Israel: Protests Put Benjamin Netanyahu on the Ropes. Are Changes on the Horizon with Palestine?

Benjamin Netanyahu's ultra-nationalist government is bowing to the pressure of the protests. Are changes in Israel and its conflict with Palestine on the horizon?

Benjamin Netanyahu

Photo: Benjamin Netanyahu

LatinAmerican Post | Santiago Gómez Hernández

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Leer en español: Israel: protestas ponen contra las cuerdas a Benjamin Netanyahu. ¿Vienen cambios con Palestina?

Israel celebrates more than 3 weeks of historic protests. The unions of the country demonstrate against a controversial judicial reform that many classify as an affront against democracy and justice. But this protest is not only a victory against these policies, but a sign of the discontent of the Israeli people against the coalition government led by Benjamin Netanyahu and his ultranationalist government.

Movements organized by unions, left-wing movements and opponents of the government have managed to summon hundreds of thousands of protesters, in a country with close to 10 million inhabitants. Even, according to the BBC, reservists (the bulk of the Israeli armed forces) have shown their discontent and have refused to report for military service.

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What Does the Reform Say?

Judicial and political reform is of paramount importance to the Netanyahu government. Not only because it has important policies in its favor, but because they are the cornerstone that allowed it to form a coalition with the most ultranationalist movements. The reform has several critical points that are the ones that the Government hopes to pass, but they are the ones that find the greatest rejection in the streets.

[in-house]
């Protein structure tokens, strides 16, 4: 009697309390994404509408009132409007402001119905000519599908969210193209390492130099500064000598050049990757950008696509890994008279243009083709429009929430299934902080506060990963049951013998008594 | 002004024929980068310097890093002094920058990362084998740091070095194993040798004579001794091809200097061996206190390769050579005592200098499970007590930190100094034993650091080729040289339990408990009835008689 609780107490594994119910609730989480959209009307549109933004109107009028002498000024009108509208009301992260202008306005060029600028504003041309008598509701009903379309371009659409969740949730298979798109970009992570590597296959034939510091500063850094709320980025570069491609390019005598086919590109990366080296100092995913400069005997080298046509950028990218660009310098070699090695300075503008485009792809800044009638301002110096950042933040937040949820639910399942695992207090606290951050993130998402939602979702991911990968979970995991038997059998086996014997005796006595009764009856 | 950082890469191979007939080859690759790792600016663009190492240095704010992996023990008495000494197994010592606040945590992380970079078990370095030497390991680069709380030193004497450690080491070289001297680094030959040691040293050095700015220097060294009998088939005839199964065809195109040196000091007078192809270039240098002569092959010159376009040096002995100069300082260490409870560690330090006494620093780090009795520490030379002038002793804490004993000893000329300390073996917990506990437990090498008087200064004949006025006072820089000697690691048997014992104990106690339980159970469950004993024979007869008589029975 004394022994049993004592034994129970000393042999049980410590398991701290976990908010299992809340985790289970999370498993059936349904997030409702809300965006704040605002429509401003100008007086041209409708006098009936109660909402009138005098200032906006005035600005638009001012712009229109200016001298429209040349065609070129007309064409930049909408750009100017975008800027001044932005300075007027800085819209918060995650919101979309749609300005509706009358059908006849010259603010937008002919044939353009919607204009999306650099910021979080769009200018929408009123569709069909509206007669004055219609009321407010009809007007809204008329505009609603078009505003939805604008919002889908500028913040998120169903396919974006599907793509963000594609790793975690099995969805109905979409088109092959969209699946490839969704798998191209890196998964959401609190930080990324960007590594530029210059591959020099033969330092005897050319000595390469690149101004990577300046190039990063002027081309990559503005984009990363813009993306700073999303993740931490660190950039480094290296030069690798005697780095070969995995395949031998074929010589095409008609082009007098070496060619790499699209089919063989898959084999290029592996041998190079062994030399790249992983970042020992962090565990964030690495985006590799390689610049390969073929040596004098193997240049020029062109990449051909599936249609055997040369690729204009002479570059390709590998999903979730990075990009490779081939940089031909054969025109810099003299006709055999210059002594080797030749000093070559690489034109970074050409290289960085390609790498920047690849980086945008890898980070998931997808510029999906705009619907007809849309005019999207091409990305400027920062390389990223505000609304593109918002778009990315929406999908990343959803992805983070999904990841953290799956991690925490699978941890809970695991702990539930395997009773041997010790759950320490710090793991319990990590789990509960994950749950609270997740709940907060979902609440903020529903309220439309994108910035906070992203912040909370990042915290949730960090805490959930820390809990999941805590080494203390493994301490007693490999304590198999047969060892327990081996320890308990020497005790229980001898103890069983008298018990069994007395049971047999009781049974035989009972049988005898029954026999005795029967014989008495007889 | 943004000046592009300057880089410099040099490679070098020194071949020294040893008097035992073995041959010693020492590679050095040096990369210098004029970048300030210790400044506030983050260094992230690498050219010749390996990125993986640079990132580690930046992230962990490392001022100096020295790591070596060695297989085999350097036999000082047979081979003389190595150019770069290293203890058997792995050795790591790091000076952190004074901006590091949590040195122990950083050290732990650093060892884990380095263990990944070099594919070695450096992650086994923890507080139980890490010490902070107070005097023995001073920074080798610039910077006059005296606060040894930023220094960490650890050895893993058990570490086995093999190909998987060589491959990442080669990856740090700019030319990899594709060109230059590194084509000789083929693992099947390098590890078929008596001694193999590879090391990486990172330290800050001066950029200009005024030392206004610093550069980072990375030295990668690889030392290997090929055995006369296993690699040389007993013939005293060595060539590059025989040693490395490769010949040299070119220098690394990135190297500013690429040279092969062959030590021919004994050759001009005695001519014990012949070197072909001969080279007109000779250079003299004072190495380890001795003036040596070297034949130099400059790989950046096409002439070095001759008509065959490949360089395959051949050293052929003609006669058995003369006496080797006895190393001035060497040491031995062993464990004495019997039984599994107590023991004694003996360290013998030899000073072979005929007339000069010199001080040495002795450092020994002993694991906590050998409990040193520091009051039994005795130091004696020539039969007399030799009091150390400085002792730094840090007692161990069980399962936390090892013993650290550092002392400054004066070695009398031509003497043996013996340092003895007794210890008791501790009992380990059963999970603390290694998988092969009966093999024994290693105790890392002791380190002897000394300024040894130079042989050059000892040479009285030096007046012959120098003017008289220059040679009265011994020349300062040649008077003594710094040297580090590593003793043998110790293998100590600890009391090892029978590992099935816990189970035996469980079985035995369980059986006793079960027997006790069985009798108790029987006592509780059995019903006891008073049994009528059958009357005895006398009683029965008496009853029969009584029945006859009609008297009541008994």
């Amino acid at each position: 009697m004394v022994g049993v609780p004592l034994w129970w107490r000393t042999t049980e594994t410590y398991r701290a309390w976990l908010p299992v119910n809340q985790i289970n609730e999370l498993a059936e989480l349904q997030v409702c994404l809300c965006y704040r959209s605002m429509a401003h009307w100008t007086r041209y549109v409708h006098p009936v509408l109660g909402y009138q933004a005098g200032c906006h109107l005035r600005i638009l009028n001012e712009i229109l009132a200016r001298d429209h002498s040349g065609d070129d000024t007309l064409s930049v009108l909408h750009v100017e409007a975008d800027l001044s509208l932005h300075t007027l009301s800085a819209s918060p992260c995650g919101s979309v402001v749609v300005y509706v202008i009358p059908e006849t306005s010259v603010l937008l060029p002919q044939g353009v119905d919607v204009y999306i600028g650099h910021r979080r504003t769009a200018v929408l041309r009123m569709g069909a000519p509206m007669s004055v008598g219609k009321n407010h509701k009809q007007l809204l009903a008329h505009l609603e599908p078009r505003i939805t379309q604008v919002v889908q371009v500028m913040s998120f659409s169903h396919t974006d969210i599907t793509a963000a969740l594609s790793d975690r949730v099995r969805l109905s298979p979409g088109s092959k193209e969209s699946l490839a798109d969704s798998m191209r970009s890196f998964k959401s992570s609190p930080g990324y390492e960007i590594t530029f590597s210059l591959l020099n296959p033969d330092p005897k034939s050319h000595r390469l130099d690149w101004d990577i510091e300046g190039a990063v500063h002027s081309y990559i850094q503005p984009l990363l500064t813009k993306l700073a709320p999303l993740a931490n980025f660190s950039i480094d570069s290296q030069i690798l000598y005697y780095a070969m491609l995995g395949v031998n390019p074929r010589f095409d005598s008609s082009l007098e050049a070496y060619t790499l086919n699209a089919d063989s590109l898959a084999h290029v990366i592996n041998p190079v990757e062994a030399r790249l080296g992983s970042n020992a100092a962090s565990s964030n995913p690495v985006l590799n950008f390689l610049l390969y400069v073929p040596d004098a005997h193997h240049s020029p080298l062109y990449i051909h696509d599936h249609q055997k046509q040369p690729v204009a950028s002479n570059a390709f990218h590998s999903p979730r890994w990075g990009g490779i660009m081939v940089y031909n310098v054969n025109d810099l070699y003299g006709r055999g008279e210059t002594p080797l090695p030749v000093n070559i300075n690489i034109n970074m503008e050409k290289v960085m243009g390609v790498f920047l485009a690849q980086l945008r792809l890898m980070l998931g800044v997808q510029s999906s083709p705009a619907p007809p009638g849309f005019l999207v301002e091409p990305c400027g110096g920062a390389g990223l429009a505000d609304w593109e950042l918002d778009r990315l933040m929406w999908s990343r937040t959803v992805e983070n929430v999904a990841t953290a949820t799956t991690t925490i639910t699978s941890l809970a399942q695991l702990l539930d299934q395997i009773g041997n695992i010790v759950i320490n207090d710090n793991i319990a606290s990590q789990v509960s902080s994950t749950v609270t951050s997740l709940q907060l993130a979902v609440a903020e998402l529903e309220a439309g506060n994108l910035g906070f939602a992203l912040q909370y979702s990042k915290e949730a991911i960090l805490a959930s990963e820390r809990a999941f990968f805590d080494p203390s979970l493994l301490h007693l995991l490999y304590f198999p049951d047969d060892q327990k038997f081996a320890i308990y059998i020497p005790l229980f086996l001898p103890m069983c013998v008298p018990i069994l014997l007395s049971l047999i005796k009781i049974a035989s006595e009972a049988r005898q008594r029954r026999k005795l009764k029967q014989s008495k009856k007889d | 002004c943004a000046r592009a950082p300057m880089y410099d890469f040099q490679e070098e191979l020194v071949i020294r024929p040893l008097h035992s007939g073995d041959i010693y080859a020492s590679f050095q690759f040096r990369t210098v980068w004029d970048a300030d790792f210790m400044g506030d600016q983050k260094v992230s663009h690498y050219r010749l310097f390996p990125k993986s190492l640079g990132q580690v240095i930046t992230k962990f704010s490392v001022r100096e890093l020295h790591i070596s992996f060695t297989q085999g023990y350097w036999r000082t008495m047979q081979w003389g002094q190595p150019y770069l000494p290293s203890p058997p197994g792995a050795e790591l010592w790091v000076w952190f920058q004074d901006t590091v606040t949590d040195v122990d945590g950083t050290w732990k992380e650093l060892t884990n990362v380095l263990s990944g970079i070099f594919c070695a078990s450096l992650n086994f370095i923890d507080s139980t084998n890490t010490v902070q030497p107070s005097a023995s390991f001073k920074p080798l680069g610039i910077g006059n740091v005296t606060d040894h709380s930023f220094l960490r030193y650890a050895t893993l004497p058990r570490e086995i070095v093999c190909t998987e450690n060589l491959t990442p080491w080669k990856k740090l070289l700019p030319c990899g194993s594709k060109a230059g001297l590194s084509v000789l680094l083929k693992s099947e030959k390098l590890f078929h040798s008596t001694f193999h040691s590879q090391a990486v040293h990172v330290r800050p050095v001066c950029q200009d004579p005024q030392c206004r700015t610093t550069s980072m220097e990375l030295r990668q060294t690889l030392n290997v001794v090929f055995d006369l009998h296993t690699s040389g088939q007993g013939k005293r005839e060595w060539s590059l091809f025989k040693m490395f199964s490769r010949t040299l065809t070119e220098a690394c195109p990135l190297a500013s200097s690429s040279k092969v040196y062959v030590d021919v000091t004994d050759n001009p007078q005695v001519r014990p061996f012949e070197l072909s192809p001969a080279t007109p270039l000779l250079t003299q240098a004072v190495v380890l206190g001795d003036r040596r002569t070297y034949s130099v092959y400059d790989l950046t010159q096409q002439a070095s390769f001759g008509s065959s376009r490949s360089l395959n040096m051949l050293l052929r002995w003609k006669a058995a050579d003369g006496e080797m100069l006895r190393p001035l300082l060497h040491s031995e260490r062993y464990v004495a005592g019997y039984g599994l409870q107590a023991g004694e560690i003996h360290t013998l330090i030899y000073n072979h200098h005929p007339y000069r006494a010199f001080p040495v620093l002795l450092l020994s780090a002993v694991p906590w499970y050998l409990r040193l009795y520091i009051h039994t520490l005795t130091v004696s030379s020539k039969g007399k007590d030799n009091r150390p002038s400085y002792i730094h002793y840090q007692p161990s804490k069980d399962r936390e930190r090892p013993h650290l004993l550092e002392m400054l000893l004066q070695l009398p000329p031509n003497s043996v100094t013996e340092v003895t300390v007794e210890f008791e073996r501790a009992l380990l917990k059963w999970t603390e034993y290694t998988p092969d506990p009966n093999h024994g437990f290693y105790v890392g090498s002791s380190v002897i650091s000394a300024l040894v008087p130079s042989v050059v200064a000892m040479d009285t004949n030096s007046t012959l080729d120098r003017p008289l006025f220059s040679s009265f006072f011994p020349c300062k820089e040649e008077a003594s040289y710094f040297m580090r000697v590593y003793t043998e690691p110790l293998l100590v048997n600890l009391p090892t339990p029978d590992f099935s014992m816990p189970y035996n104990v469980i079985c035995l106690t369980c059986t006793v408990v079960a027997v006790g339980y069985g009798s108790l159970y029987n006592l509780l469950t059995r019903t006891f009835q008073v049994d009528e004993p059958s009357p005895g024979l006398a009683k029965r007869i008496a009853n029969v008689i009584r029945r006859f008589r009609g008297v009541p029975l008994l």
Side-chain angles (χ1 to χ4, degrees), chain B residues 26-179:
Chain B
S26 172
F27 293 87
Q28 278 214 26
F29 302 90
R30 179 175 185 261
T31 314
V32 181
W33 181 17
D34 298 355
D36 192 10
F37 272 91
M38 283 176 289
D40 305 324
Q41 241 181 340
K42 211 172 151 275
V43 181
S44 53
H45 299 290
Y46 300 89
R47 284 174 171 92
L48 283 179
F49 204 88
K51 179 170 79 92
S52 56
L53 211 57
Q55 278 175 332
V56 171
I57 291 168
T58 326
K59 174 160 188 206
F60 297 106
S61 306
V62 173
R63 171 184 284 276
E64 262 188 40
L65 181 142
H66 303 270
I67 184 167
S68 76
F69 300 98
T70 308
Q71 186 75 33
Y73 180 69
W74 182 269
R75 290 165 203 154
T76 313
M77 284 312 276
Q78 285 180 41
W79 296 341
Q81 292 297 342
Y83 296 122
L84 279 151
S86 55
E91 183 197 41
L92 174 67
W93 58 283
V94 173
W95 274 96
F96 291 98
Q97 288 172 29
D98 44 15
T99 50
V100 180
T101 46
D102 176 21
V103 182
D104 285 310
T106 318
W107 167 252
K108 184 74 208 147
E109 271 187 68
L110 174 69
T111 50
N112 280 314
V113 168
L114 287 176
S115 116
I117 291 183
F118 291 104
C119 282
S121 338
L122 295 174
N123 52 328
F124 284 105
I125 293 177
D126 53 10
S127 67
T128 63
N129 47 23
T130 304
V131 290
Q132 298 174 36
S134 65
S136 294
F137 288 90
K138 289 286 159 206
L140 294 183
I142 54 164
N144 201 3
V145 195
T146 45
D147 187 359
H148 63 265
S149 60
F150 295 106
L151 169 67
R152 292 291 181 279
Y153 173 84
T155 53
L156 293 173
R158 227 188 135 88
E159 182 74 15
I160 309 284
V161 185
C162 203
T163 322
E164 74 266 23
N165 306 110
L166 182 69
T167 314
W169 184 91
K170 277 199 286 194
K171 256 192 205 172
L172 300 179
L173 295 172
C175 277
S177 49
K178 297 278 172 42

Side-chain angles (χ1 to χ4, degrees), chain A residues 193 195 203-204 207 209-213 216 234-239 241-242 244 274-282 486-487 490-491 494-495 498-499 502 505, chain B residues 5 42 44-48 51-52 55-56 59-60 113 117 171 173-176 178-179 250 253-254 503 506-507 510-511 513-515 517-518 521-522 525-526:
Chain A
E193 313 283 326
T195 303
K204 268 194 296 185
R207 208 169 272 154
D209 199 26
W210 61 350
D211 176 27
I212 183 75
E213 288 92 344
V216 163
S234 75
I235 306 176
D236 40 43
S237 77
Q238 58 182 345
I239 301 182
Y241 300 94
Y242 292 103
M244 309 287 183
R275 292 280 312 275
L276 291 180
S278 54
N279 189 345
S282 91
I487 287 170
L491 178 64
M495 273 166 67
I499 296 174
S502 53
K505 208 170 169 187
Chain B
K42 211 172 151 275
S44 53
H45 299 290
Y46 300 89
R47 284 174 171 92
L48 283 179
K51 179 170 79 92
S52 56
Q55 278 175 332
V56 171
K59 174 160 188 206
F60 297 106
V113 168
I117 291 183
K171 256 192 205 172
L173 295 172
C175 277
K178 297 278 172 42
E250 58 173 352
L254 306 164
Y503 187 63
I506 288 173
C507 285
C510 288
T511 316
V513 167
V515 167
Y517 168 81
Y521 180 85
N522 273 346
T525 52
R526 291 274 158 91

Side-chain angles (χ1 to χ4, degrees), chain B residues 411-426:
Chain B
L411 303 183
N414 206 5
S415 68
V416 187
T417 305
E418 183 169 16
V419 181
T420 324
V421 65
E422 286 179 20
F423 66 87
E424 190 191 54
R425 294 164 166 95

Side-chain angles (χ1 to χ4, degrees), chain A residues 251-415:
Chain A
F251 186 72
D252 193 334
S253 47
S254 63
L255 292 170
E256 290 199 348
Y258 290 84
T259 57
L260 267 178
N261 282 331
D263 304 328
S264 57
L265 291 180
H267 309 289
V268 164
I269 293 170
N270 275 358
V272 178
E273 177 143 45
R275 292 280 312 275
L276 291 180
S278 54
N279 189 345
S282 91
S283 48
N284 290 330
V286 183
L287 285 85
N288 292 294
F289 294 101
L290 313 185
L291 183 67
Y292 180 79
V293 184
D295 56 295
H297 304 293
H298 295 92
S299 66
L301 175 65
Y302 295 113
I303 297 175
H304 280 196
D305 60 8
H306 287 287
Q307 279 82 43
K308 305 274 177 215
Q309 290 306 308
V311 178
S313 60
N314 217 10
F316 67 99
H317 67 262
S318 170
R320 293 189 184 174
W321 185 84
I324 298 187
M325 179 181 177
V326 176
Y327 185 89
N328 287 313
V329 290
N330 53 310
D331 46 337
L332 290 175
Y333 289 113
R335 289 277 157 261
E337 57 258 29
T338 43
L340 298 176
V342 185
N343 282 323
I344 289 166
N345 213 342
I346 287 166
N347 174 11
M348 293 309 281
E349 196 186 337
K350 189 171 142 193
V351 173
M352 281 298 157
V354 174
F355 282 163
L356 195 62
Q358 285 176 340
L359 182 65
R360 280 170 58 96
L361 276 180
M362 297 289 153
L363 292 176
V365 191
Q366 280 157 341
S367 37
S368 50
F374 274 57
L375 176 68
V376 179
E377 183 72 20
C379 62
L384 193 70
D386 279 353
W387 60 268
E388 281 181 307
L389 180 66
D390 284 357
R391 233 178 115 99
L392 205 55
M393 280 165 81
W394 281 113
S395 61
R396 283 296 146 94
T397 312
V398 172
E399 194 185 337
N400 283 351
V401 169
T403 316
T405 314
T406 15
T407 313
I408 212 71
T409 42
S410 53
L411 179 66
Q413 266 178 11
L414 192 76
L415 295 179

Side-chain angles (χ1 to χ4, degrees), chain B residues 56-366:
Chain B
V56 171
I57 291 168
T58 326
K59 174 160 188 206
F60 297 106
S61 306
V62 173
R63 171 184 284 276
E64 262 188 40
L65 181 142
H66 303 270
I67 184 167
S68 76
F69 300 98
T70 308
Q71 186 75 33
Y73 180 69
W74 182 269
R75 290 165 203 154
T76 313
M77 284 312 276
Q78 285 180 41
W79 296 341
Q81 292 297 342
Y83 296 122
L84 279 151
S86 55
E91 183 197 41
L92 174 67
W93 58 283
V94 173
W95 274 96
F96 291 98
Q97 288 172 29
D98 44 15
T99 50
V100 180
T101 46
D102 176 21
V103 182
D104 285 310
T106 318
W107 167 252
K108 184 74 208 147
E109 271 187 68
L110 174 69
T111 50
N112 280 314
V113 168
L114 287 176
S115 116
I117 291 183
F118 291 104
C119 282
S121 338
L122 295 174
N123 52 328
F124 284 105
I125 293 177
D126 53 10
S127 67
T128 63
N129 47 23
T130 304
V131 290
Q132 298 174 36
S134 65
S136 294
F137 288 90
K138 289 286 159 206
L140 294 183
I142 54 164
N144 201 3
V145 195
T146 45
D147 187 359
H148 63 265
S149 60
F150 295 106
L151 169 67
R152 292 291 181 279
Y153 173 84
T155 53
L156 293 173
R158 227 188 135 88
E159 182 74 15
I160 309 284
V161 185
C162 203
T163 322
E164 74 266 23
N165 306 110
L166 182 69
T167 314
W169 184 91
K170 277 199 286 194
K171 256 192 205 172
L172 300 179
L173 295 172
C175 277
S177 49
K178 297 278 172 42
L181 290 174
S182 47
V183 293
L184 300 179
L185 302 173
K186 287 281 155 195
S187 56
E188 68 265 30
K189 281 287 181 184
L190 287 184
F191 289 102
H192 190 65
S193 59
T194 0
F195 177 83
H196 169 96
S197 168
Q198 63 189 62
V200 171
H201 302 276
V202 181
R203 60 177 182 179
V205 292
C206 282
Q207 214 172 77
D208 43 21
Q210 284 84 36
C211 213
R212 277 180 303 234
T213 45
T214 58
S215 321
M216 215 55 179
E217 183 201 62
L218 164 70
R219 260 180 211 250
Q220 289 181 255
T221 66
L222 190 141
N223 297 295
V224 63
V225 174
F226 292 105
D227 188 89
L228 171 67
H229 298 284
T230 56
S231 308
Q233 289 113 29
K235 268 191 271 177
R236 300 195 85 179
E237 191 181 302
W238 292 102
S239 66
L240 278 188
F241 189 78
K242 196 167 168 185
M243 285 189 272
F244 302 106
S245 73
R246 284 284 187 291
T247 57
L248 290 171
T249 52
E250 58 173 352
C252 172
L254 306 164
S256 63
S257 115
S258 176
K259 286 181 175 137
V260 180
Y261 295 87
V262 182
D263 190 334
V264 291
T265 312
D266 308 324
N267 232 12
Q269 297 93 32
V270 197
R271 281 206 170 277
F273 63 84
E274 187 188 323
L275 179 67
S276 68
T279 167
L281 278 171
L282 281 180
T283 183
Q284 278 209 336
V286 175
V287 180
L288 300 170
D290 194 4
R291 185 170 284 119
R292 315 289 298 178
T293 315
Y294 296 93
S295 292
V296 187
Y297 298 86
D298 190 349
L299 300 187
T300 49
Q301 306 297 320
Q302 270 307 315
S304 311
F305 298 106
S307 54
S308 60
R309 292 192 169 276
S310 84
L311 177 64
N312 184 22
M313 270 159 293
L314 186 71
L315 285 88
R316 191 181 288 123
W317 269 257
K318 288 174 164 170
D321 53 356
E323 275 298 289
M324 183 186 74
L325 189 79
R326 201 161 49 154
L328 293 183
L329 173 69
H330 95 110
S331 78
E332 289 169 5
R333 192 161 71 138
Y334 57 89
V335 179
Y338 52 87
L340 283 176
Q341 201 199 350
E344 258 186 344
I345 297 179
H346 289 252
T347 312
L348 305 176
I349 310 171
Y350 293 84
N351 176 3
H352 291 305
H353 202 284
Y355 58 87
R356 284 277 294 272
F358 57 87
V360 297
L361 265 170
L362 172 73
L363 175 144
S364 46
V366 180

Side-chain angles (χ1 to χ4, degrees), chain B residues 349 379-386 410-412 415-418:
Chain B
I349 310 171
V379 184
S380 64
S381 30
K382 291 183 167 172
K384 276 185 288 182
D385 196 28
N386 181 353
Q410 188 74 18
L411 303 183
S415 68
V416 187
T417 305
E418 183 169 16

For example, the new norm would allow the executive to have direct influence in the election of judges and limit the capacity of autonomy of the Supreme Court. It would give the Knesset (Israel's legislature) greater power over the judiciary, being able to overthrow any Supreme Court ruling with a simple majority in Parliament.

A Setback to Israel's Strongman

Netanyahu is not only the current Prime Minister, he has also held office from 1996 to 1999 and from 2009 to 2021. He is the Chairman of the right-wing Zionist-conservative Likud party. Under his government, many illegal settlement programs have been carried out in Palestinian territory. Who has been part of the Israeli political elite for more than 3 decades, today faces a clear show of opposition.

A Little Negotiating Government

On Sunday night, the Israeli government announced the dismissal of Defense Minister Yoav Gallant, who had previously criticized the reform. Right now, analysts believe that Netanyahu does not have a way out and any option would have political costs. On the one hand, there is continuing with the reform, which could lead to much larger protests. But if he gives in, his coalition government would be in jeopardy and could be out of power.

Consequences for the Palestinian State

Although today the debate focuses on internal politics, the consequences or results could influence the conflict or relations between Israel and Palestine. A victory for the most extremist wing of the government would give more force to the conflict. When referring to the most extreme wing, we are talking about politicians who propose to permanently annex the West Bank. Today, the territory of the West Bank belongs to the Palestinian government and is recognized by all countries as foreign territory to Israel. However, for several years (decades) the Israeli government has sponsored illegal settlements of its citizens in this area. An annexation would be a final blow to the possibility of a negotiated exit with Palestine.

For now, Netanyahu should have given in, but it still cannot be interpreted as a defeat for Likud and its far-right allies. "Out of national responsibility, I decided to suspend the second and third reading of the law in this session of the Knesset to give time to try to reach a broad agreement." This shows that you have not given up on your project, but you do know that you are not in a favorable position.

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